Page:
Sunday, September 7, 2008

Another Reason to Make Things


I received this great e-mail from Jody Moore and wanted to share the information. I’ve always enjoyed crafts and now I have another reason to keep making things!

Kelly Lambert, a neuroscientist and psychologist, has written a book called Lifting Depression, which is excerpted in Scientific American Mind magazine (Aug/Sept issue). In it, she describes how depression rates have risen in recent decades and attributes this rise--at least in part--to our convenience- driven society. She has found a connection between three areas of the brain that form what she calls an "effort-driven- rewards circuit."

Modern conveniences don't activate this circuit because it requires work with your hands to trigger it. So, she concludes, diving into "a scrapbook project or knitting a sweater may distract you from the stress in your life and engage your brain in intense ways that are beneficial to your mental health" by changing your brain chemistry even more effectively than antidepressants.

The media so often tell us that the cause of this complex disorder is simple: depression is due to a chemical imbalance that is corrected by taking antidepressants. But, in the midst of a multibillion-dollar antidepressant industry, depression rates are higher than ever. This startling observation suggests that there is more to the depression story than the current antidepressant ads suggest. I searched the biomedical literature and, after conducting relevant research with rodents, came upon a unique explanation of the increased depression rates in contemporary society. Although it is not likely we have experienced significant changes in our brains over the past century, it is clear that our lifestyles have changed dramatically. In our increasingly automated society, we exert less physical effort to obtain life's important resources than our grandparents and great grandparents.

For a brain that evolved to move the body around in complex ways to interact with the world around us, our increasingly effortless lifestyles result in an unengaged brain that receives few reminders that we have meaningful control over our environments. Our brains' interpretation of a lack of control in our increasingly chaotic lives leads to greater stress and anxiety that often culminates in the symptoms of depression. Incorporating physical activity that leads to tangible meaningful rewards in our lives, something I call effort-driven rewards, can act as a form of a mental vitamin that builds emotional resiliency. Even better, tasks that utilize our hands are especially effective considering that a large proportion of our brains' "real estate" is directed toward their movement. Thus, the "chores" that were a necessary component of our grandparent's lives likely lifted their emotions in powerful ways.

The idea that effort-driven rewards activate our brain reward area and motivate us to interact within the context of our environments in interesting and productive ways is the basis of Lifting Depression. The involvement of these physical activities in our more cerebral lifestyles reminds the brain of its relevance in obtaining resources in our daily lives. Knitting a sweater, cooking dinner, working in our gardens and creating a sculpture all activate the effort-driven reward brain circuitry and produce a tangible product that the brain recognizes as valuable. As our brains perceive that we have more control over the environment around us it reduces the chaotic stress that so often overcomes us--building resilience against the onset of depression.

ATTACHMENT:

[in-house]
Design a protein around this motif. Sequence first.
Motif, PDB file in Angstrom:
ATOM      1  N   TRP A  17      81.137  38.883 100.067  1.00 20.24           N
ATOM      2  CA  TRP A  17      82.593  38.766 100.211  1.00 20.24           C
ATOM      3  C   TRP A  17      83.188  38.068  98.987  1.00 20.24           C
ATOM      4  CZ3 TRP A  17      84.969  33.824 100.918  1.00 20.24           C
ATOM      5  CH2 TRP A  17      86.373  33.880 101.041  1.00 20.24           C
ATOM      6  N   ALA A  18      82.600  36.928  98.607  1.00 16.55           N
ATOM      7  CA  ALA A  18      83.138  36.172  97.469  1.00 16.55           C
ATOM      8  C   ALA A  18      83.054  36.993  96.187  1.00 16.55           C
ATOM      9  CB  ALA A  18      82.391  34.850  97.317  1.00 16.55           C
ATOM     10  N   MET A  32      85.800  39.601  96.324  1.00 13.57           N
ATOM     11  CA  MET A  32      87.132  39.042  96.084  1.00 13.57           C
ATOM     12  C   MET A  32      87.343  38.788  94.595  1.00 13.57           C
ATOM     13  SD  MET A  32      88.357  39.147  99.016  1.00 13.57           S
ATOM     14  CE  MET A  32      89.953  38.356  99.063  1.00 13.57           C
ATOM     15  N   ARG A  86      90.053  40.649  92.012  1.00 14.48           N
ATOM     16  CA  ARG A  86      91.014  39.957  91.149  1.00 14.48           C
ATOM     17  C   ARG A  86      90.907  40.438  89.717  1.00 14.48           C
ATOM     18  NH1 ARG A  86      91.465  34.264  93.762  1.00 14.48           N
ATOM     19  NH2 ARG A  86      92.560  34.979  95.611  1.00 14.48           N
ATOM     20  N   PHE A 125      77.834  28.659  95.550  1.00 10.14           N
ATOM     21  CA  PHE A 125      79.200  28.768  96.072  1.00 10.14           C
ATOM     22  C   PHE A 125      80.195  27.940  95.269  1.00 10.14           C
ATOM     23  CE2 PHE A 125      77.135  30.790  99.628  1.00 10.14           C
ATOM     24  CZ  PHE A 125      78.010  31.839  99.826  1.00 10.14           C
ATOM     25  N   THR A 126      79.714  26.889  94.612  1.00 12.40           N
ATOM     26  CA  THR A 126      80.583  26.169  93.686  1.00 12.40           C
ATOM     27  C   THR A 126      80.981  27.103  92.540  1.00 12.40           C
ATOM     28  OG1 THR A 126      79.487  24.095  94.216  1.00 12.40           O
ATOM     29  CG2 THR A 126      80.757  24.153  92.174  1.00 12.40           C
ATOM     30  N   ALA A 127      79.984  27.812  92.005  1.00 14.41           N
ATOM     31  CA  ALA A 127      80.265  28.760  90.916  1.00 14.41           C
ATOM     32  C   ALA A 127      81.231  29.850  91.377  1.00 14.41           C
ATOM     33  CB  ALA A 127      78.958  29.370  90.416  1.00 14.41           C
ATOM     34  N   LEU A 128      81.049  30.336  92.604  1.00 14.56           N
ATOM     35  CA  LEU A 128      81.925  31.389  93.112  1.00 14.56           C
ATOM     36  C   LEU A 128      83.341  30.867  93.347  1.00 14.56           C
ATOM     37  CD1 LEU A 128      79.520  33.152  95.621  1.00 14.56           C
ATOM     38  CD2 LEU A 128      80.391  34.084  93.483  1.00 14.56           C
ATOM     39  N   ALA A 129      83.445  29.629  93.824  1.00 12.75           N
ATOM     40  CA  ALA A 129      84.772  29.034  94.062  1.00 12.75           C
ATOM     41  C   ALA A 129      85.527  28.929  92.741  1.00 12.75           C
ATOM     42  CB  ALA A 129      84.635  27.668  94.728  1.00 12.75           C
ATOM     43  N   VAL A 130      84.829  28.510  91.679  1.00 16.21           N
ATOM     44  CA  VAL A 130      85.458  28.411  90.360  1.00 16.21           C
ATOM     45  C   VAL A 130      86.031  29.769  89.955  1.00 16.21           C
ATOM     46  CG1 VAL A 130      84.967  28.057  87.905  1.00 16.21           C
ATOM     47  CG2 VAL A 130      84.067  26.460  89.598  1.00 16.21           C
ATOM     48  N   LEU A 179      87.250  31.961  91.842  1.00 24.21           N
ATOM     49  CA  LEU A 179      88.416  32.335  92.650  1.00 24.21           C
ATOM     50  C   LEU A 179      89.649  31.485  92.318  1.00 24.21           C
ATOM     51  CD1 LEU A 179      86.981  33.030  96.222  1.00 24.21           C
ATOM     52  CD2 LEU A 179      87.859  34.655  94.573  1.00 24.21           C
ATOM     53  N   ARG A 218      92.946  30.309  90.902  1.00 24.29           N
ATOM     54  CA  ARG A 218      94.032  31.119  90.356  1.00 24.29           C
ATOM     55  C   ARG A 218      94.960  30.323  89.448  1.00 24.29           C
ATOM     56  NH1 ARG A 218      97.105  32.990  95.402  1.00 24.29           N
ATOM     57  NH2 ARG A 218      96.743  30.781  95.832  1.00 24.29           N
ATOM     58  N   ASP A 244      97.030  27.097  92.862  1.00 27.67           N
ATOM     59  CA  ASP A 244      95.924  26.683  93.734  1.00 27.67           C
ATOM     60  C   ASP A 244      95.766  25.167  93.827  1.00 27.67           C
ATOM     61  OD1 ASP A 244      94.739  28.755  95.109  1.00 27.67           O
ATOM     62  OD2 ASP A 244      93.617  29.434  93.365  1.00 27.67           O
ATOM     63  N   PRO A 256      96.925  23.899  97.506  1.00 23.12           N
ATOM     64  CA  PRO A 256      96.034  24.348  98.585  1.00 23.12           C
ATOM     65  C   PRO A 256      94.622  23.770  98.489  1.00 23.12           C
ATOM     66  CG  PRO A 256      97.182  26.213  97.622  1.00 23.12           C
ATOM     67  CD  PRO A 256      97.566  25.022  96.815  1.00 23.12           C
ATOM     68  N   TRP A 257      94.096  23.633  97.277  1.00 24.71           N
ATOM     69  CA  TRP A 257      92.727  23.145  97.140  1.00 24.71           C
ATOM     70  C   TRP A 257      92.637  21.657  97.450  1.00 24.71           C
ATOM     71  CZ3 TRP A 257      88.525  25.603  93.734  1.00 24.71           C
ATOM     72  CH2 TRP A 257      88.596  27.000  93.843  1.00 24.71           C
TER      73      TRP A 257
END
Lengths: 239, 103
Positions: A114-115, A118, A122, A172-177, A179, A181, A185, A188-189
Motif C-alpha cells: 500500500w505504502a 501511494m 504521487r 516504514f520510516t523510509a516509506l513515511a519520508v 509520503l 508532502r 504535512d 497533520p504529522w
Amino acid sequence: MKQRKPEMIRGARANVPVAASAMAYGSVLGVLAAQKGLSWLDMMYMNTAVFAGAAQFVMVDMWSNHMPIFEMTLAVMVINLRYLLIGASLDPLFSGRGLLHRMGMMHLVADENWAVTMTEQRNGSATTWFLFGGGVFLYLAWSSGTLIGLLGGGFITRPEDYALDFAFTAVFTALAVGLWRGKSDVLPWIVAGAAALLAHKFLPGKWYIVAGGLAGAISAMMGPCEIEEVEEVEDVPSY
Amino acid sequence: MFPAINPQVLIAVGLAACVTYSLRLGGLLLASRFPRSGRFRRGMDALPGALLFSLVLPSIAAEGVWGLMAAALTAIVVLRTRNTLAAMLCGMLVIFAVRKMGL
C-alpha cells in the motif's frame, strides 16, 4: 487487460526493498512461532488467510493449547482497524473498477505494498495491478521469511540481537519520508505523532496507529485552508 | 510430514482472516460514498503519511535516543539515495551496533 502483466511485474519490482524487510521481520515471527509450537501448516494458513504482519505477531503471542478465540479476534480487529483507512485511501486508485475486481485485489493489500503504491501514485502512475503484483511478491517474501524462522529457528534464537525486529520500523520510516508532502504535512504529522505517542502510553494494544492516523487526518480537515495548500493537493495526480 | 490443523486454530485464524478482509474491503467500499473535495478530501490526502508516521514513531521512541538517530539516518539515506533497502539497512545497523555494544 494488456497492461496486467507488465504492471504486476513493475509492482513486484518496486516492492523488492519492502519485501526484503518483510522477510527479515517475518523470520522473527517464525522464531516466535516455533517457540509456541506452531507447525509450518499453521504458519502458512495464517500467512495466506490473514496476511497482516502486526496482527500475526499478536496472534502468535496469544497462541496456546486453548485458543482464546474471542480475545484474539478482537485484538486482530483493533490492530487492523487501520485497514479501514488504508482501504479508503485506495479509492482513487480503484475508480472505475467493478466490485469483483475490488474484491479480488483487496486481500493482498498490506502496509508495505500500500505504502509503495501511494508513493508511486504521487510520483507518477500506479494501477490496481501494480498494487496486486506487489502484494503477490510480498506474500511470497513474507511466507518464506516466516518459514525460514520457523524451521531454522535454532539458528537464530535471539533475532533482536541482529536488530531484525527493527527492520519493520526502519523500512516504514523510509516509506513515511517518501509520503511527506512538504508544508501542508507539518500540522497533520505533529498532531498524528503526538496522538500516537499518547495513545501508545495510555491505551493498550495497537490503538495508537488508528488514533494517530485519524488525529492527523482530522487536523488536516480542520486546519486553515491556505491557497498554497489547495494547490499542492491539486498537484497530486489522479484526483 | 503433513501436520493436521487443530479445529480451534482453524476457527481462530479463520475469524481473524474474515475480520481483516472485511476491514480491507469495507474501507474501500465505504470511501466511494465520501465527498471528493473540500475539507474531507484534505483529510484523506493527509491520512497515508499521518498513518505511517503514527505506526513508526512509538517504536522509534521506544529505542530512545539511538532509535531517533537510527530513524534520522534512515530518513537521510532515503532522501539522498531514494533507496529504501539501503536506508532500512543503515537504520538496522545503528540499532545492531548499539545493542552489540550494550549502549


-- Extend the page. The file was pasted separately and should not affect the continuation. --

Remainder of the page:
Dr. Kelly Lambert is Professor and Chair of the Psychology Department at Randolph-Macon College in Ashland, VA. For two decades Dr. Lambert has divided her time between the classroom and laboratory. An award winning professor, she enjoys teaching courses such as Behavioral Neuroscience, Clinical Neuroscience, Psychobiology of Stress, and Comparative Animal Behavior.

This is really interesting to me because Lisa Holt (another Stampin’ Up! Demonstrator) and I were just talking about this on Friday. We were making and selling cards and crosses. You could make the items with our help or you could purchase them already made. Lisa said that the problem with purchasing them already made is that you missed out on the “therapy” time. I agree. So many people talk about how crafting is their “therapy” time. Now even scientists are agreeing with us.

For more information about the book, here is the link to Dr. Lambert's website.

Happy stamping,

Sharon Cheng
Richland Hills, TX
www.sharoncheng.stampinup.net

2 comments:

Denise said...

Thanks for posting this and putting it on FR site, it validates what I have been telling my husband when he thinks I am into my Art stuff too much lately He calls it my Art Junk..Thanks a million Denise

Sharon Cheng said...

Thanks for sharing, Denise. This is a case where the process can be more important than finishing your project. Another reason for my having more than one UFO (unfinished object!).

Happy stamping,

Sharon